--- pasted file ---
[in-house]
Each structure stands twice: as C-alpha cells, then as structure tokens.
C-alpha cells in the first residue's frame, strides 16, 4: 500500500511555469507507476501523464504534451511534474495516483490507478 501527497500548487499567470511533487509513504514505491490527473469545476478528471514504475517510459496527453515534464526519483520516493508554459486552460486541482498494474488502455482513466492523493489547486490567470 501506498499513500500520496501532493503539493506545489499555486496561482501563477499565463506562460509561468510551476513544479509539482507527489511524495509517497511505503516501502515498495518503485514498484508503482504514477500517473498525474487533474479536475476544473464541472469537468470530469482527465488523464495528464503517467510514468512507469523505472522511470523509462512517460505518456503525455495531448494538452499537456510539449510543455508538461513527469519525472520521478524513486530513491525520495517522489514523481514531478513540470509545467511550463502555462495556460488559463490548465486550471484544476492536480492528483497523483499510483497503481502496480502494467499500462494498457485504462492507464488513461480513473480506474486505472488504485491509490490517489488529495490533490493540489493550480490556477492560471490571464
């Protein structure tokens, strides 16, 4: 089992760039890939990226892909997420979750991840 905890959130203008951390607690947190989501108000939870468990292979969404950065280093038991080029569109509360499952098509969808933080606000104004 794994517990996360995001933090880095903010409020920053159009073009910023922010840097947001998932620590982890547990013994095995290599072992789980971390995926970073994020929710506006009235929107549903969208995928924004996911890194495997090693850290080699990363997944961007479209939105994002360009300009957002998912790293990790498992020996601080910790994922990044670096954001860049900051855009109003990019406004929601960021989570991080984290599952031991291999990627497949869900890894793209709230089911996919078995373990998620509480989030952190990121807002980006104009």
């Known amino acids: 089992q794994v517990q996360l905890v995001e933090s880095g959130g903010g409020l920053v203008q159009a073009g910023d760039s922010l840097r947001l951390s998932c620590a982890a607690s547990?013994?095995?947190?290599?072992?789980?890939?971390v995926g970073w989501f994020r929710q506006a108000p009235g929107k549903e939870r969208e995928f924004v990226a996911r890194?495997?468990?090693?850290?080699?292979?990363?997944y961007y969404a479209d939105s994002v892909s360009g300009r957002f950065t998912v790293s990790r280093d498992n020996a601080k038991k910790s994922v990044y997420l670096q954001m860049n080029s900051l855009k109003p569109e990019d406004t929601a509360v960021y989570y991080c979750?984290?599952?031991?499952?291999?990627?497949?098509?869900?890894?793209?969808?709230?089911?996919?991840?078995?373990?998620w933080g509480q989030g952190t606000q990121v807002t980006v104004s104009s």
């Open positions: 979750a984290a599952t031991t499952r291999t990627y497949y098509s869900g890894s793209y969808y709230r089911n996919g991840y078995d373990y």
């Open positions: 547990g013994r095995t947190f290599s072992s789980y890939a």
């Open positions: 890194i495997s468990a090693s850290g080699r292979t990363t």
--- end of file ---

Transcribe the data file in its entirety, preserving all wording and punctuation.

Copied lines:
[in-house]
Each structure stands twice: as C-alpha cells, then as structure tokens.
C-alpha cells in the first residue's frame, strides 16, 4: 500500500511555469507507476501523464504534451511534474495516483490507478 501527497500548487499567470511533487509513504514505491490527473469545476478528471514504475517510459496527453515534464526519483520516493508554459486552460486541482498494474488502455482513466492523493489547486490567470 501506498499513500500520496501532493503539493506545489499555486496561482501563477499565463506562460509561468510551476513544479509539482507527489511524495509517497511505503516501502515498495518503485514498484508503482504514477500517473498525474487533474479536475476544473464541472469537468470530469482527465488523464495528464503517467510514468512507469523505472522511470523509462512517460505518456503525455495531448494538452499537456510539449510543455508538461513527469519525472520521478524513486530513491525520495517522489514523481514531478513540470509545467511550463502555462495556460488559463490548465486550471484544476492536480492528483497523483499510483497503481502496480502494467499500462494498457485504462492507464488513461480513473480506474486505472488504485491509490490517489488529495490533490493540489493550480490556477492560471490571464
């Protein structure tokens, strides 16, 4: 089992760039890939990226892909997420979750991840 905890959130203008951390607690947190989501108000939870468990292979969404950065280093038991080029569109509360499952098509969808933080606000104004 794994517990996360995001933090880095903010409020920053159009073009910023922010840097947001998932620590982890547990013994095995290599072992789980971390995926970073994020929710506006009235929107549903969208995928924004996911890194495997090693850290080699990363997944961007479209939105994002360009300009957002998912790293990790498992020996601080910790994922990044670096954001860049900051855009109003990019406004929601960021989570991080984290599952031991291999990627497949869900890894793209709230089911996919078995373990998620509480989030952190990121807002980006104009």
């Known amino acids: 089992q794994v517990q996360l905890v995001e933090s880095g959130g903010g409020l920053v203008q159009a073009g910023d760039s922010l840097r947001l951390s998932c620590a982890a607690s547990?013994?095995?947190?290599?072992?789980?890939?971390v995926g970073w989501f994020r929710q506006a108000p009235g929107k549903e939870r969208e995928f924004v990226a996911r890194?495997?468990?090693?850290?080699?292979?990363?997944y961007y969404a479209d939105s994002v892909s360009g300009r957002f950065t998912v790293s990790r280093d498992n020996a601080k038991k910790s994922v990044y997420l670096q954001m860049n080029s900051l855009k109003p569109e990019d406004t929601a509360v960021y989570y991080c979750?984290?599952?031991?499952?291999?990627?497949?098509?869900?890894?793209?969808?709230?089911?996919?991840?078995?373990?998620w933080g509480q989030g952190t606000q990121v807002t980006v104004s104009s």
């Open positions: 979750a984290a599952t031991t499952r291999t990627y497949y098509s869900g890894s793209y969808y709230r089911n996919g991840y078995d373990y």
């Open positions: 547990g013994r095995t947190f290599s072992s789980y890939a």
């Open positions: 890194i495997s468990a090693s850290g080699r292979t990363t």